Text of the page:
Margaret Donnelly: 'UK crashing out would be a real hammer blow to rural Ireland'
The Irish agri-food sector faces a 'catastrophic' jolt to its very being if a no-deal Brexit happens next March and there is very little it can do to help itself.
Our much-talked-about temperate climate means we have ideal conditions for farming, notably beef and dairying, and we've built up a huge export industry for our surplus produce. Some 90pc of Irish beef is exported, while our dairy exports are worth in the region of €4bn. Any possible disruption to our exports will be felt right across the sector, but especially by farmers on the ground.
Recent stark warnings from Meat Industry Ireland, which represents the meat processors, aren't scaremongering, but fact. If a no-deal Brexit happens, the agri-food sector will be facing a massive problem - what to do with our excess produce. While the Department of Agriculture and Bord Bia have been working in recent times on finding and opening new markets for Irish exports, the reality of the situation is that the UK is our closest and best market.
We are so reliant on the UK for beef exports that industry experts say possible disruption will see meat factories close and the price of beef collapse.
The UK takes 50pc of our beef exports - worth more than €1bn - and the imposition of extra tariffs onto these products, along with possible border checks, would fundamentally price us out of the market.
Other sectors are even more complicated. Hundreds of thousands of litres of milk from cows in the Republic of Ireland goes to Northern Ireland to be processed daily, before making its way back down here onto supermarket shelves. Some 500,000 pigs are sent to Northern Ireland every year for processing.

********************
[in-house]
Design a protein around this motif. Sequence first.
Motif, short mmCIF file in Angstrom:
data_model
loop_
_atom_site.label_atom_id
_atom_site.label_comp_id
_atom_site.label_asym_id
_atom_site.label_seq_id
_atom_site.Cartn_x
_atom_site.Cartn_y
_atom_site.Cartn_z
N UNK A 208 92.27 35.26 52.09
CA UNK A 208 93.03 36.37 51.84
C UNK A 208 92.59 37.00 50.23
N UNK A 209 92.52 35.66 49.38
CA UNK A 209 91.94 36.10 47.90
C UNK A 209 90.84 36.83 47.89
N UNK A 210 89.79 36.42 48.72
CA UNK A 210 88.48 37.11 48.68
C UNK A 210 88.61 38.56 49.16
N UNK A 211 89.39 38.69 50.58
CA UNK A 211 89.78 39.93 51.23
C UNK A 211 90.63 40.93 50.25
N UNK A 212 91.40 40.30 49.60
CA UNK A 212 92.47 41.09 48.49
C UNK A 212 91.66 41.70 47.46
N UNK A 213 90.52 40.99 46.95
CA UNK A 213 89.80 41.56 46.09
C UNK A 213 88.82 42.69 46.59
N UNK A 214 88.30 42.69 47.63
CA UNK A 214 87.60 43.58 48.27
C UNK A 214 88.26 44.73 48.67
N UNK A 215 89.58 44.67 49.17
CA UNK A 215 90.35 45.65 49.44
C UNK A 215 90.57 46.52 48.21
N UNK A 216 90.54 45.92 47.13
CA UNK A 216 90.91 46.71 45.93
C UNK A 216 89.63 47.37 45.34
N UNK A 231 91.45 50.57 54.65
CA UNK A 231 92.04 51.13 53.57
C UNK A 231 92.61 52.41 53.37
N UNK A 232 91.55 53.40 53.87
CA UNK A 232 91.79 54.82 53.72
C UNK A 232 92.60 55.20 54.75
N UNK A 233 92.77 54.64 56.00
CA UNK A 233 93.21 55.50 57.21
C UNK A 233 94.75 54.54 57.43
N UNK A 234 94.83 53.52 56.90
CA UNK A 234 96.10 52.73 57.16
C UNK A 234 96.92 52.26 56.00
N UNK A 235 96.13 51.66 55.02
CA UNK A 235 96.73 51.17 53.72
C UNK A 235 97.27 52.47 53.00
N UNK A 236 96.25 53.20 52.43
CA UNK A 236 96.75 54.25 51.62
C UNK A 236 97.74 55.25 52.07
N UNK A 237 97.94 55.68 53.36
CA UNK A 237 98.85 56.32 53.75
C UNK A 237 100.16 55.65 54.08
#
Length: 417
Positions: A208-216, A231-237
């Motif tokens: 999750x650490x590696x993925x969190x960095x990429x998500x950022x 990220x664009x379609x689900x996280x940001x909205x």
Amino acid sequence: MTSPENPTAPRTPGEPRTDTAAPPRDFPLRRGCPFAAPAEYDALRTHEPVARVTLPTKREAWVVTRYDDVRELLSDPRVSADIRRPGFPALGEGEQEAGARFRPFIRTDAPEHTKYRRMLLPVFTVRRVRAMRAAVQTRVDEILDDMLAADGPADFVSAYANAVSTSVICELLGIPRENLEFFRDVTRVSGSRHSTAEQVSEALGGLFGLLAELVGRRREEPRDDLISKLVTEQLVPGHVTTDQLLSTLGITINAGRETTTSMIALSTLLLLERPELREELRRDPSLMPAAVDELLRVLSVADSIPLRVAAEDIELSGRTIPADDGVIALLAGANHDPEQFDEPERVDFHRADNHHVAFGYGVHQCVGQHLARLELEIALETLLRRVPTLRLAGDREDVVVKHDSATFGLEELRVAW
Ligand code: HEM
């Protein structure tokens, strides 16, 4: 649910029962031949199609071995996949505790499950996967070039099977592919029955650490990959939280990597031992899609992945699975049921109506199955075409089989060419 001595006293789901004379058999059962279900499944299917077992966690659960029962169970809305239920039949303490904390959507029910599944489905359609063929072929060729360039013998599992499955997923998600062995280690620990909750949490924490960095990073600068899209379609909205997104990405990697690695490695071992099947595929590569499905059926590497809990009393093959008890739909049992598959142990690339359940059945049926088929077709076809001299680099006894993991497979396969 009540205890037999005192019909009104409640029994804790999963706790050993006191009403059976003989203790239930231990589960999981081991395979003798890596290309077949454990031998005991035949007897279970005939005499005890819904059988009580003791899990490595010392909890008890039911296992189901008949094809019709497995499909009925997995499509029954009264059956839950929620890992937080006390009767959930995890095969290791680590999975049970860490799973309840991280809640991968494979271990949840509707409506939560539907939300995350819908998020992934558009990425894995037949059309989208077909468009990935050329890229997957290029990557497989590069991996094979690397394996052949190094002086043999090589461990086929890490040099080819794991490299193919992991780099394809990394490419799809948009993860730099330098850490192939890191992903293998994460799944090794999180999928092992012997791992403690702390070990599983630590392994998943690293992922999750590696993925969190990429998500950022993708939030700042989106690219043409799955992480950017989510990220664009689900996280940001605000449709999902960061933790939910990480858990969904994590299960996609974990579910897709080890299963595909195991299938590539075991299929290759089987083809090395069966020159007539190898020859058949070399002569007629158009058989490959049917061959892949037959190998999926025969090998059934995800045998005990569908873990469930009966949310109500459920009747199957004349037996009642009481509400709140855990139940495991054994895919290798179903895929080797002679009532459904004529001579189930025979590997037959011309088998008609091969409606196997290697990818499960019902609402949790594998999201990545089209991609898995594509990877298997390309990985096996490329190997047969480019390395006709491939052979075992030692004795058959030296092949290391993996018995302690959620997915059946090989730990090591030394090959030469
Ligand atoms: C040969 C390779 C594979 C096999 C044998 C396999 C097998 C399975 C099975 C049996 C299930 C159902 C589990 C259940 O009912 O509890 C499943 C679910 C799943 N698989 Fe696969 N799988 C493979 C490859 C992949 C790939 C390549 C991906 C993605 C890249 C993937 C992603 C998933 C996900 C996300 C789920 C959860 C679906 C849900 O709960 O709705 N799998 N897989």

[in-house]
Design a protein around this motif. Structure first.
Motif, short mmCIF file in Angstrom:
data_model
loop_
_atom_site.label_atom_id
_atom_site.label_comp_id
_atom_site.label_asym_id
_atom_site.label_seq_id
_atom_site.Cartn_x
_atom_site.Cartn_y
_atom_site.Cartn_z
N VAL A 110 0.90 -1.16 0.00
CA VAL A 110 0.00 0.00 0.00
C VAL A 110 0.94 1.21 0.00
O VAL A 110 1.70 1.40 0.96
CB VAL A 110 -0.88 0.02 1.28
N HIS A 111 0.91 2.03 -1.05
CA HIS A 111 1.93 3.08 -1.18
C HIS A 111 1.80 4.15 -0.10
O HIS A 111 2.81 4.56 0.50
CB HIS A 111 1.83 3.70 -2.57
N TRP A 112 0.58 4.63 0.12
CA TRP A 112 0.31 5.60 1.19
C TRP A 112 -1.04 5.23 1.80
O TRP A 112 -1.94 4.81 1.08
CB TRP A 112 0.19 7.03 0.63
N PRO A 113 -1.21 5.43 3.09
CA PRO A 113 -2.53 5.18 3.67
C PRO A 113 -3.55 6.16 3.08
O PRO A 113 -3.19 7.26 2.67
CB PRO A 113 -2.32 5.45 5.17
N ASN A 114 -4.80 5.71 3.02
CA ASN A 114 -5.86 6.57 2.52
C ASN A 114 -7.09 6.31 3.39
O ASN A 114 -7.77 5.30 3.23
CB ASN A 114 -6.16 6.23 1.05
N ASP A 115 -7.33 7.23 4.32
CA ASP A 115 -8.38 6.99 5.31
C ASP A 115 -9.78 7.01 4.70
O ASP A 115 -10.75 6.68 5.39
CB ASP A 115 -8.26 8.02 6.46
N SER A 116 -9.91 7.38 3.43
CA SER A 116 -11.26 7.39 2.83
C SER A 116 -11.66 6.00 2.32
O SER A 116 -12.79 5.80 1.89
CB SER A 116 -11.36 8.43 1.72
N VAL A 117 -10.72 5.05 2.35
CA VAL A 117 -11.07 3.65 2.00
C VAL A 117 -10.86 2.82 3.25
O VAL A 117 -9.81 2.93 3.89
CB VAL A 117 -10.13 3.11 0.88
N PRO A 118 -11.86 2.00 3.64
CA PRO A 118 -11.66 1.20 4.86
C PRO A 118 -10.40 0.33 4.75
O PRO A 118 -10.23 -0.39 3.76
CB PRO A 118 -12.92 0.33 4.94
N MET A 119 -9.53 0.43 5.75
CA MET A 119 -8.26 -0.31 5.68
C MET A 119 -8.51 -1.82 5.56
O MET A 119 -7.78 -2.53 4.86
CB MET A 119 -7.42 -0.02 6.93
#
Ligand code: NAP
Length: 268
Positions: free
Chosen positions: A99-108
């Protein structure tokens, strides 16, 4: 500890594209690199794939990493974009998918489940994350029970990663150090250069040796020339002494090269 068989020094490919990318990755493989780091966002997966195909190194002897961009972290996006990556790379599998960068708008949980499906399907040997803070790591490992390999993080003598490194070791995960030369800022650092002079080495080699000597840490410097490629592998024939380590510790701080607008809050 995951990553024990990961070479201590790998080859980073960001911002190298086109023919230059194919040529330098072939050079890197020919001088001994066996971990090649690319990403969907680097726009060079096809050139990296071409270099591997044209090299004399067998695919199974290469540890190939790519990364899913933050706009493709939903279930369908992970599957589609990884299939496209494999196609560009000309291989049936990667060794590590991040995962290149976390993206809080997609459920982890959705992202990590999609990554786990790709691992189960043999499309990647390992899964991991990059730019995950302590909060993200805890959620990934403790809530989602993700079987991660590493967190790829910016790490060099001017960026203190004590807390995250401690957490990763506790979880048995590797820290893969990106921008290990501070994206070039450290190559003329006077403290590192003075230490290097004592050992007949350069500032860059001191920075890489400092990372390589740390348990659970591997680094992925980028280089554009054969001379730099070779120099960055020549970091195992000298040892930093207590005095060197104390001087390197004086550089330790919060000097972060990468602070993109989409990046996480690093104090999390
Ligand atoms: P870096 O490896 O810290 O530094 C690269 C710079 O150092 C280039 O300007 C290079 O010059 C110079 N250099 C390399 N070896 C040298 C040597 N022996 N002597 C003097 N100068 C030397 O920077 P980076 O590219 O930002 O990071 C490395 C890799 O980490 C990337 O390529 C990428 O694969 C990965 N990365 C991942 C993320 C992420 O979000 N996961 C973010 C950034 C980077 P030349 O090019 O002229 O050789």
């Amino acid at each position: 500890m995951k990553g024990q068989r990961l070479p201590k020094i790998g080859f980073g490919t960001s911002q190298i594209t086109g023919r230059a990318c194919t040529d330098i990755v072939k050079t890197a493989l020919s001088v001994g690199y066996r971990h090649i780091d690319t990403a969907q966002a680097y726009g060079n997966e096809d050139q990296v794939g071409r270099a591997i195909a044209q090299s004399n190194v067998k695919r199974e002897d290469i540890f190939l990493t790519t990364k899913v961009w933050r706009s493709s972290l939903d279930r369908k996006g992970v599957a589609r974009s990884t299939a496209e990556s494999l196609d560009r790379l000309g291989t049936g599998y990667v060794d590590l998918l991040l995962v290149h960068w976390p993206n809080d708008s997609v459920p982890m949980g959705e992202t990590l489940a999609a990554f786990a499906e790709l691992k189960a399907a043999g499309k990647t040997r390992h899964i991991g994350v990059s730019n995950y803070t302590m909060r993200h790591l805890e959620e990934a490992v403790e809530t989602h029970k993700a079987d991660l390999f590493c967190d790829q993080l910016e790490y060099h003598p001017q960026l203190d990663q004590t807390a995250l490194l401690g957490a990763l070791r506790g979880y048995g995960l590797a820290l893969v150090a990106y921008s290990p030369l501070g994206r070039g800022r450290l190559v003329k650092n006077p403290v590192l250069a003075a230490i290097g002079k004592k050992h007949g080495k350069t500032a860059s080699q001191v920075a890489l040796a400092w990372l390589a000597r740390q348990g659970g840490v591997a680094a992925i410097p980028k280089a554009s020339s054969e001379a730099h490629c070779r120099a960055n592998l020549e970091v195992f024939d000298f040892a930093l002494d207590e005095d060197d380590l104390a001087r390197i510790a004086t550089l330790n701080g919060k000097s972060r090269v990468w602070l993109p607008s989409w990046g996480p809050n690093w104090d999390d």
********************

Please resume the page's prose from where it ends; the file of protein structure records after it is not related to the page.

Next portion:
The logistics of any physical border checks would be nothing short of a nightmare for the industry as a whole. From processors right down to farmers, the free movement of animals, milk and processed foodstuffs is critical to the industry.
If there are more than 300 refrigerated trucks of meat leaving Ireland every week to continental EU markets, 89pc via the UK, the task is mammoth.
Norway and Sweden seem to have their border issues sorted, using available technology to minimise time delays. But paperwork problems can result in hours of delays. Estimates say that a two-minute delay in Dover would cause 27km queues. What would happen on the M1 as over 5,000 lorries cross this invisible Border daily?
As time ticks by and a no-deal Brexit looks more likely a possible outcome, talk of checks on live animals and agri products at borders has the potential to bring our export-reliant industry to a screeching halt.
Putting the brakes on the country's largest indigenous sector, which has ambitions to be worth €13bn, could see the sector crashing down and will affect far more than just farmers. A no-deal Brexit would be a hammer blow to a sector that's keeping the lights on in many parts of rural Ireland.